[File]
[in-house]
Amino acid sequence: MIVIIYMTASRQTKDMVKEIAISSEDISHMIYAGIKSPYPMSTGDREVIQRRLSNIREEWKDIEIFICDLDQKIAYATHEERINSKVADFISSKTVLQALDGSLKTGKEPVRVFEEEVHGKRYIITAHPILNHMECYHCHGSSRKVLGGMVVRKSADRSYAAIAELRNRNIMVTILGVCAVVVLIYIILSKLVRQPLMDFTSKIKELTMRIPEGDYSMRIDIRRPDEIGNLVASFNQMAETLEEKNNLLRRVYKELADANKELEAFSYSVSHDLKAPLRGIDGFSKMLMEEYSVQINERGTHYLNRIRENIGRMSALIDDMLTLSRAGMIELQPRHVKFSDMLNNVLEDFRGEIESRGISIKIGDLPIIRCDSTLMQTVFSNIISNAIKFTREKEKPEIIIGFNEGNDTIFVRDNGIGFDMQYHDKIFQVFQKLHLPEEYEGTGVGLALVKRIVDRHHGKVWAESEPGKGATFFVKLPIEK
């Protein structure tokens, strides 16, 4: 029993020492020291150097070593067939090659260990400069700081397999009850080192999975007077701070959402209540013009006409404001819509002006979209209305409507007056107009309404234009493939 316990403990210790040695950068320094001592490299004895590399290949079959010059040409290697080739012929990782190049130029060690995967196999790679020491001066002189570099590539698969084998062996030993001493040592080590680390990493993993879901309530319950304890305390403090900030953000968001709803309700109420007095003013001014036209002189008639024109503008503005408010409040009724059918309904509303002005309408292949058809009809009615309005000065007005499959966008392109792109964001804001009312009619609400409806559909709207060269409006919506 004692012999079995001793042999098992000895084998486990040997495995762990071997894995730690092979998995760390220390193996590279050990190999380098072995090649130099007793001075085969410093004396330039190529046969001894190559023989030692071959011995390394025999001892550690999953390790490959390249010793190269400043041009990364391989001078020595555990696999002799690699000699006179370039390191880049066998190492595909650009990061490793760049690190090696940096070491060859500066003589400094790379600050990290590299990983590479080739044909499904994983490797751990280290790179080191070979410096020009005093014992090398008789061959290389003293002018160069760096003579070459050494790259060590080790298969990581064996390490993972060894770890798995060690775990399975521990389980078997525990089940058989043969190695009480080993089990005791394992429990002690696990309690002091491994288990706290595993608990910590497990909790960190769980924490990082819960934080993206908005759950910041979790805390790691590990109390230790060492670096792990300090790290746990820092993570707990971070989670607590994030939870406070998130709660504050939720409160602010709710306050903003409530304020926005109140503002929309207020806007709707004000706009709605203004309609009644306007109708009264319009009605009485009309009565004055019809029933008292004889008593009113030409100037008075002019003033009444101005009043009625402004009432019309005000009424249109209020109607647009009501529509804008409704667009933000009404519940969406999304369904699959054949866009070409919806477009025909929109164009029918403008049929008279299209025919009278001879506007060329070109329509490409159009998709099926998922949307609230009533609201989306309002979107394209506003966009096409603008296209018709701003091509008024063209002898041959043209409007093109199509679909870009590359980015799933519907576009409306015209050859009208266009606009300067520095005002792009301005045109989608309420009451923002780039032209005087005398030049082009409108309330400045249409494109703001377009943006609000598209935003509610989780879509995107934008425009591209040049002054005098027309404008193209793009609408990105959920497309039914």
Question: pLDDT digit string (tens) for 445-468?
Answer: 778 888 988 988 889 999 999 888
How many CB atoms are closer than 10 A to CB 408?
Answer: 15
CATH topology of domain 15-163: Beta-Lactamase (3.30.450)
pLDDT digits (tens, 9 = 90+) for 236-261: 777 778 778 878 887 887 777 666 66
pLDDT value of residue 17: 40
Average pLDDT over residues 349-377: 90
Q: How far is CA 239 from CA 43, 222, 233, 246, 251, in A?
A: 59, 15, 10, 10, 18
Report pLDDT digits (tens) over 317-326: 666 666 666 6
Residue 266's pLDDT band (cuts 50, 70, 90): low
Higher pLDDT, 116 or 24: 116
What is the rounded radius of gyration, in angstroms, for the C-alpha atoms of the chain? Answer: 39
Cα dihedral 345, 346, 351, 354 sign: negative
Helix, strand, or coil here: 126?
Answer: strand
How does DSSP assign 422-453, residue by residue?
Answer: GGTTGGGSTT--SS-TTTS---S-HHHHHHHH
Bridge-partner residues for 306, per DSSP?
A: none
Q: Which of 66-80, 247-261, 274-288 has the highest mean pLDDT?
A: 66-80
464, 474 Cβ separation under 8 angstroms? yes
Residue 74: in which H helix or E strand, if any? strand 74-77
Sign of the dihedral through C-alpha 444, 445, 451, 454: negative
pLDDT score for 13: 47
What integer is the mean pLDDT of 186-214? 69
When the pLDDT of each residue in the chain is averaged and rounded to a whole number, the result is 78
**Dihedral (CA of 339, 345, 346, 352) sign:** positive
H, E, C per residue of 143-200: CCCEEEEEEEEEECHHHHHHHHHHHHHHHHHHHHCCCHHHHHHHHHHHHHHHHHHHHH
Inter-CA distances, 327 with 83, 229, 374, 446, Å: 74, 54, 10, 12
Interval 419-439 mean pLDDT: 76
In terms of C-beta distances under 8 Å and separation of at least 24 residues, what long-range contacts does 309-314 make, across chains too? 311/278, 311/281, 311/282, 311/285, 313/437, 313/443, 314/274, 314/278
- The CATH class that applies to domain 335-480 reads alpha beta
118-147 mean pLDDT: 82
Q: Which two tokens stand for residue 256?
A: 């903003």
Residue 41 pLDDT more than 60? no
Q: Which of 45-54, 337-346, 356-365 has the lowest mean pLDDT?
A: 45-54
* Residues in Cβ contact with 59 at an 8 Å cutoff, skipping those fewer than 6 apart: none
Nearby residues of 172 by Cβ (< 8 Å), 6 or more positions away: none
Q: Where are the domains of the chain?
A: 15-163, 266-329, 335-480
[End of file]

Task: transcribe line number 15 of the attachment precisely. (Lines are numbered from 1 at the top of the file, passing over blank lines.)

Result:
Residue 266's pLDDT band (cuts 50, 70, 90): low